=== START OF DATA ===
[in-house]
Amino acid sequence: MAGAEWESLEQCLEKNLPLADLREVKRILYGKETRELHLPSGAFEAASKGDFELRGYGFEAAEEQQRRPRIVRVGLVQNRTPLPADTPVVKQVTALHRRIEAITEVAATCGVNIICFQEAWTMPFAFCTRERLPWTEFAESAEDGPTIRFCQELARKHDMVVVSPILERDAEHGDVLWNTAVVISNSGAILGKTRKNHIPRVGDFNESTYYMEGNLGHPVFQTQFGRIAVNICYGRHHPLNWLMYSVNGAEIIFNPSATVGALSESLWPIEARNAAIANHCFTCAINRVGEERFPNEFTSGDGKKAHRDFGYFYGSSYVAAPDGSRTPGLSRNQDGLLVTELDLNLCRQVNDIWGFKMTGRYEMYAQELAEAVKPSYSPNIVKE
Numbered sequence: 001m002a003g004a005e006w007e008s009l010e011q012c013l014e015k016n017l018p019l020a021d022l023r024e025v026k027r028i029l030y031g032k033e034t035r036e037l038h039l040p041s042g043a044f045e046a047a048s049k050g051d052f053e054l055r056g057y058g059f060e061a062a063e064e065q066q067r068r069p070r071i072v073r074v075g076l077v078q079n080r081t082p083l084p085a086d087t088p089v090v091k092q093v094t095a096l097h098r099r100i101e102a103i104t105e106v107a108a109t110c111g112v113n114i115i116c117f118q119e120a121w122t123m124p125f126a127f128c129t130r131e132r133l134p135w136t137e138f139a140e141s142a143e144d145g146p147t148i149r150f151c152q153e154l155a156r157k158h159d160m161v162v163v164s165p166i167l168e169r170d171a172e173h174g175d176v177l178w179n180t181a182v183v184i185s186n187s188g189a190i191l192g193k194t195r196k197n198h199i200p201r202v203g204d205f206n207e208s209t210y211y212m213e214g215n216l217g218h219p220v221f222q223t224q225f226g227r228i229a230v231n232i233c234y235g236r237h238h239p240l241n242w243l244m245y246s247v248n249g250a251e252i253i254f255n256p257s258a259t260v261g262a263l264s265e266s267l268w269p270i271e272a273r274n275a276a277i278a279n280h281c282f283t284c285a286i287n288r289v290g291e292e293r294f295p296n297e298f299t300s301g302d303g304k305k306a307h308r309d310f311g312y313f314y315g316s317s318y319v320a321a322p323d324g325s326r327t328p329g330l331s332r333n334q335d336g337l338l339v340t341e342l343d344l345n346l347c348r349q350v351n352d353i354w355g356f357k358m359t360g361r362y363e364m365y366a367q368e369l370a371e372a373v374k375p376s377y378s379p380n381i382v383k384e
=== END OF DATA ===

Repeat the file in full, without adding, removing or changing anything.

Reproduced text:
[in-house]
Amino acid sequence: MAGAEWESLEQCLEKNLPLADLREVKRILYGKETRELHLPSGAFEAASKGDFELRGYGFEAAEEQQRRPRIVRVGLVQNRTPLPADTPVVKQVTALHRRIEAITEVAATCGVNIICFQEAWTMPFAFCTRERLPWTEFAESAEDGPTIRFCQELARKHDMVVVSPILERDAEHGDVLWNTAVVISNSGAILGKTRKNHIPRVGDFNESTYYMEGNLGHPVFQTQFGRIAVNICYGRHHPLNWLMYSVNGAEIIFNPSATVGALSESLWPIEARNAAIANHCFTCAINRVGEERFPNEFTSGDGKKAHRDFGYFYGSSYVAAPDGSRTPGLSRNQDGLLVTELDLNLCRQVNDIWGFKMTGRYEMYAQELAEAVKPSYSPNIVKE
Numbered sequence: 001m002a003g004a005e006w007e008s009l010e011q012c013l014e015k016n017l018p019l020a021d022l023r024e025v026k027r028i029l030y031g032k033e034t035r036e037l038h039l040p041s042g043a044f045e046a047a048s049k050g051d052f053e054l055r056g057y058g059f060e061a062a063e064e065q066q067r068r069p070r071i072v073r074v075g076l077v078q079n080r081t082p083l084p085a086d087t088p089v090v091k092q093v094t095a096l097h098r099r100i101e102a103i104t105e106v107a108a109t110c111g112v113n114i115i116c117f118q119e120a121w122t123m124p125f126a127f128c129t130r131e132r133l134p135w136t137e138f139a140e141s142a143e144d145g146p147t148i149r150f151c152q153e154l155a156r157k158h159d160m161v162v163v164s165p166i167l168e169r170d171a172e173h174g175d176v177l178w179n180t181a182v183v184i185s186n187s188g189a190i191l192g193k194t195r196k197n198h199i200p201r202v203g204d205f206n207e208s209t210y211y212m213e214g215n216l217g218h219p220v221f222q223t224q225f226g227r228i229a230v231n232i233c234y235g236r237h238h239p240l241n242w243l244m245y246s247v248n249g250a251e252i253i254f255n256p257s258a259t260v261g262a263l264s265e266s267l268w269p270i271e272a273r274n275a276a277i278a279n280h281c282f283t284c285a286i287n288r289v290g291e292e293r294f295p296n297e298f299t300s301g302d303g304k305k306a307h308r309d310f311g312y313f314y315g316s317s318y319v320a321a322p323d324g325s326r327t328p329g330l331s332r333n334q335d336g337l338l339v340t341e342l343d344l345n346l347c348r349q350v351n352d353i354w355g356f357k358m359t360g361r362y363e364m365y366a367q368e369l370a371e372a373v374k375p376s377y378s379p380n381i382v383k384e